Responsive Websites are a type of website that allows for flexible navigation on the internet. Responsive design is also known as smooth web navigation, w3c or gecko navigation. It is a way to create web sites that work well regardless of your viewer’s browser size and screen resolution. This means that you are able to provide a smooth browsing experience no matter what computer configuration you are using.

Responsive web design is a method to web site design which makes web pages load quickly and look great on various computer screen sizes and operating systems. Recent advancements also consider the viewer eye-motion as a significant extension to RWD. Some of these technologies are CSS, LESS and JavaScript. These extensions are known as Flexbox, Foundation and Flexible Box; they enable responsive websites with proper ‘shaping’ based on the size of a browser window.

Responsive websites allow you to set breakpoints and apply other meta tags to prevent layout problems. These breakpoints can be broken up into two categories: normal and min-width breakpoints. If a user visits your site using a browser that has a normal or large min-width screen size they will see your content in full view without any breakpoints. Similarly, if they view your site using a smaller browser they will only get some of your content, depending on the nature of your responsive design.

To take full advantage of your responsive website you need to create a content hierarchy so that it is viewed correctly in all browsers. A content hierarchy is simply a container that holds all of your website’s content. One example of this is a Facebook newsfeed. The Newsfeed is a content hierarchy that can be scrolled down so that a user can see the latest news. This can be done by simply creating a new tab in the Facebook news feed and scrolling through the feeds to see what is new.

All mobile devices have a different min-width than their Desktop counterparts. To make your responsive web design as accessible as possible on all mobile devices, you need to identify and use a min-width that matches the size of the device. If you are creating layouts for mobile devices you should base them on your actual screen resolution. Also, ensure that you use a JavaScript font instead of a default display font on smaller devices to reduce the size of your images. These are some of the best practices for Responsive Web Design.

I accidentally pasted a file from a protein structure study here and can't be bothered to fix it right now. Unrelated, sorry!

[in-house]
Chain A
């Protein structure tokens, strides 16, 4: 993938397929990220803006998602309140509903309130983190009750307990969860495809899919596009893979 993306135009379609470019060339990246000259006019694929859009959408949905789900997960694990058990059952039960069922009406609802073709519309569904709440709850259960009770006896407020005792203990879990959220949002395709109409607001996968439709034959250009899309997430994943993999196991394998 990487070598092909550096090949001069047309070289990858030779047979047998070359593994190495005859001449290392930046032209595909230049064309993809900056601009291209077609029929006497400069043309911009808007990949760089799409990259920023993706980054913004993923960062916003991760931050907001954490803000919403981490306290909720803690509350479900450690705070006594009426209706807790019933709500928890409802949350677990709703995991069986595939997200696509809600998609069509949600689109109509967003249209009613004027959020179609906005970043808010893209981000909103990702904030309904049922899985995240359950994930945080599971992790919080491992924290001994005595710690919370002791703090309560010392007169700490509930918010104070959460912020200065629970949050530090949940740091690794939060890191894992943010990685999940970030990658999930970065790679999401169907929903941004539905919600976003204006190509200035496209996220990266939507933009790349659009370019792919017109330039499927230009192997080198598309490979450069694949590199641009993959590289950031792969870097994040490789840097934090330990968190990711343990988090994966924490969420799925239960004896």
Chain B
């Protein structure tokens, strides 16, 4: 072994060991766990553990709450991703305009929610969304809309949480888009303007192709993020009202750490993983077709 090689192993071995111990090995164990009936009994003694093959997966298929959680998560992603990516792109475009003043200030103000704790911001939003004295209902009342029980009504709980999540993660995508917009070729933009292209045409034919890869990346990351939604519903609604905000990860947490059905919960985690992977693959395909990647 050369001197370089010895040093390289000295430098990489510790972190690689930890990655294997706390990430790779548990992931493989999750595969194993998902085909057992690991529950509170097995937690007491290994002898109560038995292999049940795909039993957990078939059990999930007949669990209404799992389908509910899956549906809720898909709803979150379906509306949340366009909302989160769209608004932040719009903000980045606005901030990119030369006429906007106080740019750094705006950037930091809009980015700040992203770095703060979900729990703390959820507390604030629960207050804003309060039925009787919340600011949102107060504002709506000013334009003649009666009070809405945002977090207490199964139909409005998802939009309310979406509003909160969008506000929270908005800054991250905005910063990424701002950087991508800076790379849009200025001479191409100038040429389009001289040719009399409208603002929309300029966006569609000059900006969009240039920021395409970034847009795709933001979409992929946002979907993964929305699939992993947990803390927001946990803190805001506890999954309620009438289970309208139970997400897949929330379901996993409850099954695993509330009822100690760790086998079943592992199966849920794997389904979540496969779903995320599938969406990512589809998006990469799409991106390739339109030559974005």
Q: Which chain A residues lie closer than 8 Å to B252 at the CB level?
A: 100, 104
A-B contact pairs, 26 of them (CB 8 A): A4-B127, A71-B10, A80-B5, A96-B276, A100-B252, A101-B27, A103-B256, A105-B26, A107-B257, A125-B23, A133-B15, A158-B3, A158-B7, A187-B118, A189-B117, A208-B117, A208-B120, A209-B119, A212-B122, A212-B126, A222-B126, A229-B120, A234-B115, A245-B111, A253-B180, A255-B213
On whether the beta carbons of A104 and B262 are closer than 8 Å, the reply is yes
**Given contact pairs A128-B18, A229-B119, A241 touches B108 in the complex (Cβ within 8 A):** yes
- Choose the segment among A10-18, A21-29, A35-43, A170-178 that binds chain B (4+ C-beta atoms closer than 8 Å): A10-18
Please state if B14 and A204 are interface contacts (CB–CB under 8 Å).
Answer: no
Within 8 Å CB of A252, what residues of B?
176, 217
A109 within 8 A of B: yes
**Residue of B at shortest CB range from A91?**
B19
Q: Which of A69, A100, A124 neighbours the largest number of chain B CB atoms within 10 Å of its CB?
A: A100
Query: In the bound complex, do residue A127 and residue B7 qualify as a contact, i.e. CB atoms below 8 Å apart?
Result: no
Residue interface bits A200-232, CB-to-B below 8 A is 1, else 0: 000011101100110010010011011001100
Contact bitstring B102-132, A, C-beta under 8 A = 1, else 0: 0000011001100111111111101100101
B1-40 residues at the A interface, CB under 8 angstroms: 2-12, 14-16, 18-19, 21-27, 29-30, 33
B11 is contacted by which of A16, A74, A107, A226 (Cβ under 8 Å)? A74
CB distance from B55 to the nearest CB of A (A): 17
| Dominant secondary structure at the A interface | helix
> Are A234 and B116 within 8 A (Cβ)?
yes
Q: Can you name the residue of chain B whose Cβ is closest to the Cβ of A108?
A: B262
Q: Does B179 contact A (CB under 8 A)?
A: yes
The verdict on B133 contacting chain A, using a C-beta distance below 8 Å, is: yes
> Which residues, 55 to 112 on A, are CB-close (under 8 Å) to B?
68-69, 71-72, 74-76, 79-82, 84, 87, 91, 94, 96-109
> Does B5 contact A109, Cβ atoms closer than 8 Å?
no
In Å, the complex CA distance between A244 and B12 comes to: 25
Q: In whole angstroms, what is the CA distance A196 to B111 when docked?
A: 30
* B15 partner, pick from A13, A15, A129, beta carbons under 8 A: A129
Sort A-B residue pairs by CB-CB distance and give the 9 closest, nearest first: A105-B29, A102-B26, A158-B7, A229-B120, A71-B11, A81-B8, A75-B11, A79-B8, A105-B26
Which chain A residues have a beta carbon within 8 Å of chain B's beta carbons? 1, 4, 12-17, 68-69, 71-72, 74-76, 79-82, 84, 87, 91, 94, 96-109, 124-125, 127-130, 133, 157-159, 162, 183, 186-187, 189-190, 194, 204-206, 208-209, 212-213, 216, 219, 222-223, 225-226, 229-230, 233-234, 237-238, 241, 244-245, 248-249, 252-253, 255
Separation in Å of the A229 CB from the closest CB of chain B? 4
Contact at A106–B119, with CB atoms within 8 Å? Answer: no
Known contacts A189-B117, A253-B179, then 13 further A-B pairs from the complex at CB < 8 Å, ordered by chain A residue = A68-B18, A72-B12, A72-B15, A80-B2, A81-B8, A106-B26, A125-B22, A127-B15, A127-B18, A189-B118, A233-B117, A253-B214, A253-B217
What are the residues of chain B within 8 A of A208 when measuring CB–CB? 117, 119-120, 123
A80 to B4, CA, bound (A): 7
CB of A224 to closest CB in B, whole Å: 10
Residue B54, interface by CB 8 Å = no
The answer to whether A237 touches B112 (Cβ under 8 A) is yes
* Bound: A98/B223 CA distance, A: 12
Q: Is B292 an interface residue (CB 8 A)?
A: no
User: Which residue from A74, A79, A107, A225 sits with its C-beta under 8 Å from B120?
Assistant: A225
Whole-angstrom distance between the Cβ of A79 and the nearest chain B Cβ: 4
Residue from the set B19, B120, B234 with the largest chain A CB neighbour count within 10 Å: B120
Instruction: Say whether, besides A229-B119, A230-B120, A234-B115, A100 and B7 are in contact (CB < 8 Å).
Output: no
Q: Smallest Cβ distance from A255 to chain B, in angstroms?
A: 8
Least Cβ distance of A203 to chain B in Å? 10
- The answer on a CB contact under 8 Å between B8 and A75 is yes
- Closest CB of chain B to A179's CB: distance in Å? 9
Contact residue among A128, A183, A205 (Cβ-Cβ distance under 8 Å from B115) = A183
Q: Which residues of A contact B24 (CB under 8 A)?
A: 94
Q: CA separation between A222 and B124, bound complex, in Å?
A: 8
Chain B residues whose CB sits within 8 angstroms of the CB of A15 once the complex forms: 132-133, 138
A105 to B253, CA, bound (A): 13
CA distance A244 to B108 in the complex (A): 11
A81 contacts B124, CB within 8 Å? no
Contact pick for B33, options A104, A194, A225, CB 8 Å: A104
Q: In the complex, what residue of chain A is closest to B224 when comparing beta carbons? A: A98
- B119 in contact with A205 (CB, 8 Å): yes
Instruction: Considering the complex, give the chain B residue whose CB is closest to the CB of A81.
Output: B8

Another thing that many mobile developers struggle with is designing for a smaller and lighter device. Mobile screen real estate is vastly smaller than the desktop screen, so mobile designers must work harder to create large and detailed sites. This can often mean overloading the designer or simply not having the time to go through the process of building a site for a lighter and smaller screen. With responsive design it is easy to create a website that is both mobile and tablet friendly. All you need to do is provide the correct cross browser compatibility: make sure you have optimized your code for Internet Explorer 10, Android 3.2, iPhone OS and Blackberry 4.3. If you must design for a larger screen then you can always just split your content into smaller blocks and add images wherever necessary.

Responsive web designs allow users to access your website while they are on the go. The mobile versions of most websites are designed to load up quickly and stay open on the mobile screen. If you are developing mobile websites, then you will definitely benefit from incorporating progressive enhancements and media-playing elements like audio and videos.

Responsive web designs are the wave of the future for business websites. Users are demanding it and developers are listening. You will want to take advantage of this ever-changing landscape by using a responsive website for your website. Not only will it save you money, but you will increase your traffic and delight your customers.